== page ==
National Dialogue Stuck On The Subject of Barricades

The government proposed to recognize the right of citizens to free mobility, asking to eliminate traffic jams on the roads; but there was no consensus.

The government proposed to recognize the right of citizens to free mobility, asking to eliminate traffic jams on the roads; but there was no consensus.

In its third session on Monday, the national dialogue only succeeded in approving the adoption of the recommendations of the IACHR to the State of Nicaragua.

The private sector, university students during the dialogue on Monday

The parties to the dialogue agreed to “scheduling a specific calendar of new visits by the IACHR,” in such a way that a follow-up commission is formed from the national dialogue.

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The suggestions of the IACHR, which the Government accepted, include, among other aspects, “the immediate cessation of repression, the dismantling of ‘vigilante groups’ and the adoption of measures to prevent them from continuing to operate.”

After the approval of this agreement, the Government proposed to vote on its proposal: “Advocate for nonviolence wherever it comes from and guarantee the free movement and the right to work of all the people”, in reference to the barricades or ‘tranques’ in Spanish that remain in various parts of the country, but there was no consensus.

The representatives of the university coalition. Óscar Sánchez / END

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Students, civil society, the private sector and farmers voted against. The discussion on this will continue on Wednesday when the working sessions of the national dialogue will resume.

Michael Healy, president of the Union of Agricultural Producers of Nicaragua (Upanic) and one of the representatives of the private sector in the dialogue, said that the tranques also affect the producers, “but that is a cost that we Nicaraguans are going to pay for that once and for all we do not have to be sitting in a dialogue looking for solutions to people who want to become dictators in this country. ”

Monsignor Silvio José Báez, auxiliary bishop of Managua, armed crossed, is leading the Catholic Church sponsored national dialogue

Juan Sebastián Chamorro, executive director of the Nicaraguan Foundation for Economic and Social Development (Funides), said that it is “an act of cynicism” on the part of the Government to speak of violence and effects on free mobilization, “when the IACHR has taken out a very tough resolution on what happened in the country.”

José Adán Aguerri, president of the Higher Council of Private Enterprise (Cosep), said that the private sector has worked from 1990 until April 18 (this year) to rebuild the country after a fratricidal war. “About the good and the bad that happened in that period, this private sector is responsible and has been a participant,” said Aguerri.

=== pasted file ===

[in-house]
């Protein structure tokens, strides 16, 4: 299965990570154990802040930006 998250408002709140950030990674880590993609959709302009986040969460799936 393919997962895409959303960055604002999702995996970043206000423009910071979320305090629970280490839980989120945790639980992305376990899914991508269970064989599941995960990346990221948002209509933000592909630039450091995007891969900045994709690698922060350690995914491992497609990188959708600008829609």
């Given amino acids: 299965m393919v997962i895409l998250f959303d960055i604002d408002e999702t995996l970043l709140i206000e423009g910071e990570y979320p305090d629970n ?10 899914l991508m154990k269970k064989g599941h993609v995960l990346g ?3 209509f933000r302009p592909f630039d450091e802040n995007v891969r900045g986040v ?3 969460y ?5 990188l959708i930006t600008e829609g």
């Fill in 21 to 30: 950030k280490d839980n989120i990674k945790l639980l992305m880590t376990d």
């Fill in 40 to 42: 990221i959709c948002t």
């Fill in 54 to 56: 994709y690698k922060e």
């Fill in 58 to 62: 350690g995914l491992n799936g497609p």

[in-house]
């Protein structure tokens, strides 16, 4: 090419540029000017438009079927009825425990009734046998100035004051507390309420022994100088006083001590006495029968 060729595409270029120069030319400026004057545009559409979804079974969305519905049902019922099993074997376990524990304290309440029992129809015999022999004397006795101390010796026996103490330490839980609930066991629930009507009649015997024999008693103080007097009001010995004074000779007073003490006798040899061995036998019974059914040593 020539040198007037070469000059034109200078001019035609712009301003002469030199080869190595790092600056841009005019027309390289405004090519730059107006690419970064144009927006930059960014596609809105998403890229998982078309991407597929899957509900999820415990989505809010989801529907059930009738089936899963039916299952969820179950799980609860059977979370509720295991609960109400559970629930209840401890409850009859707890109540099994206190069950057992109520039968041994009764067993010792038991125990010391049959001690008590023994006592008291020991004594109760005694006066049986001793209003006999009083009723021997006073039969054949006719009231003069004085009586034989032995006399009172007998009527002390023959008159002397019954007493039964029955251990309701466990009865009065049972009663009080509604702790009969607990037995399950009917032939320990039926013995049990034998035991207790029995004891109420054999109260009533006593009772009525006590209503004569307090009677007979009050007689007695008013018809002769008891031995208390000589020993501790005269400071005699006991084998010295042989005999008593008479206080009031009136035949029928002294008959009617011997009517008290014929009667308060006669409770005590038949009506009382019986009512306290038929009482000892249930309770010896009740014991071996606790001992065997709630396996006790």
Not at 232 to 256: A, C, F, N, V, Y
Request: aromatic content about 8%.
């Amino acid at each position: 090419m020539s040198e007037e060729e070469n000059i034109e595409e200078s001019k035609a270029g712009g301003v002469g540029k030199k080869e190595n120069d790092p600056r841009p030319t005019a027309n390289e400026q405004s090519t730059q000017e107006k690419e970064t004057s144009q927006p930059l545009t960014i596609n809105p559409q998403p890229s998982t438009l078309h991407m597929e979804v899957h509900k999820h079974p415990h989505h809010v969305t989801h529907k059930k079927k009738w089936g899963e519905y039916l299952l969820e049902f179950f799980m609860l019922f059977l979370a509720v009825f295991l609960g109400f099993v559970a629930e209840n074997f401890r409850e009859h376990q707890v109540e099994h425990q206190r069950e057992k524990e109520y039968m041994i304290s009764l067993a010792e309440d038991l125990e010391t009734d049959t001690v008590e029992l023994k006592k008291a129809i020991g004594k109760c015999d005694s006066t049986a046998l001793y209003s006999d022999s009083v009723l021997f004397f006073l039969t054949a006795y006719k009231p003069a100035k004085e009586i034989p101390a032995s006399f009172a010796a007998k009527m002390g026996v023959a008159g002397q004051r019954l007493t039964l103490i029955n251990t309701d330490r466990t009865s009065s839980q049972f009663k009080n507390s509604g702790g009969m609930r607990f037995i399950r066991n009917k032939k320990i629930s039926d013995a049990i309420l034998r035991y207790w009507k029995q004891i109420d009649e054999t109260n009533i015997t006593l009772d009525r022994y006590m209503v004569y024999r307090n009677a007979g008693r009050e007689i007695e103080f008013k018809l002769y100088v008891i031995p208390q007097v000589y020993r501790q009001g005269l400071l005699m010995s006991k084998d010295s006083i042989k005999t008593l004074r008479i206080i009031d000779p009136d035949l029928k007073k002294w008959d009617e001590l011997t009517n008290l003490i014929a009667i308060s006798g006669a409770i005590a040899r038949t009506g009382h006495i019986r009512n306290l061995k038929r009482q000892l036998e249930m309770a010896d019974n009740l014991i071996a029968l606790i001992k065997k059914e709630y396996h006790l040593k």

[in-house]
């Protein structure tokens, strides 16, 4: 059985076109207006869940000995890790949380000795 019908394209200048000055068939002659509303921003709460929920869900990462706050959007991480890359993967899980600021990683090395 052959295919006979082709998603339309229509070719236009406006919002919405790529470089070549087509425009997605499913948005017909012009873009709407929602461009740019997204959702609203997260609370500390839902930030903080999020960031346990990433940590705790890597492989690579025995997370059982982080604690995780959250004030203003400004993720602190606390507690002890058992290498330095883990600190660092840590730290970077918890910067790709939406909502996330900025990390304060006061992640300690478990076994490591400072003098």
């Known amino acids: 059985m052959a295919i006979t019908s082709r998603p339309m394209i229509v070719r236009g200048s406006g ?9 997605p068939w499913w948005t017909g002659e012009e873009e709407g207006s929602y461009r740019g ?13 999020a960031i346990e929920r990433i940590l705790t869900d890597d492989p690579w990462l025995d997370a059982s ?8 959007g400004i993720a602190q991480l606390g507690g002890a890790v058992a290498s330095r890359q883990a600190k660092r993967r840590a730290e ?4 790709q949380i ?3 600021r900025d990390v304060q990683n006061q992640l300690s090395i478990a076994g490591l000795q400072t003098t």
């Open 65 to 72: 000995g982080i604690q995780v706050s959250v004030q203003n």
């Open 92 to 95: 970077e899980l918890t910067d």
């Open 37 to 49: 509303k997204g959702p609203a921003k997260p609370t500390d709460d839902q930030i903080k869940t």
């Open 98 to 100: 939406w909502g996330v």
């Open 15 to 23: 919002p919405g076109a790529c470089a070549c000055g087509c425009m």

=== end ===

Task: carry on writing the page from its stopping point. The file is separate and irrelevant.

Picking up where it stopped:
The president of the American Chamber of Commerce of Nicaragua (AmCham), María Nelly Rivas, stressed at the dialogue table that as a private sector “we are not going to resume the model of dialogue and consensus that we had (with the Government) until before the 18th of April”.

- paying the bills --

“We have to think about a model that allows broad participation, we have to propose changes that make people here feel safe, calm and that does not happen again that of a month ago,” argued Rivas in reference to police repression that caused dozens of deaths.

Foreign Minister Denis Moncada, representative of the Government, argued that Nicaragua has a memorandum of understanding with the Organization of American States (OAS) regarding institutionality, and said that they would invite four representatives of that organization to explain the agreements at the dialogue table, before accusations of a lack of transparency in the negotiations.

“It is incongruous to talk about political reforms if we do not agree to guarantee the stability of the country,” said Moncada.

Monday was the third session of the national dialogue, involving government, private sector, civil society, students and academics. Óscar Sánchez / END

However, Campesinos (peasants), businessmen, university students and civil society agreed that the barricades cannot be eliminated “because this is the only form of pressure left for us for the government to give up, so that President Daniel Ortega resigns or elections are held, as the people are demanding,” explained Medardo Mairena, of the Campesino movement.

He assured that the barricades of the peasantry will continue in a staggered manner, allowing the passage every three hours and respecting the free movement of ambulances and emergency personnel; but he warned that “there are other barricades that are self-convened and have their own autonomy.”

Víctor Cuadras, of the University Coalition, said that the barricades serve to protect the protesters from attacks by government anti-riot groups, which he accused of not “showing political will” to end the attacks.

Source (in Spanish): El Nuevo Diario

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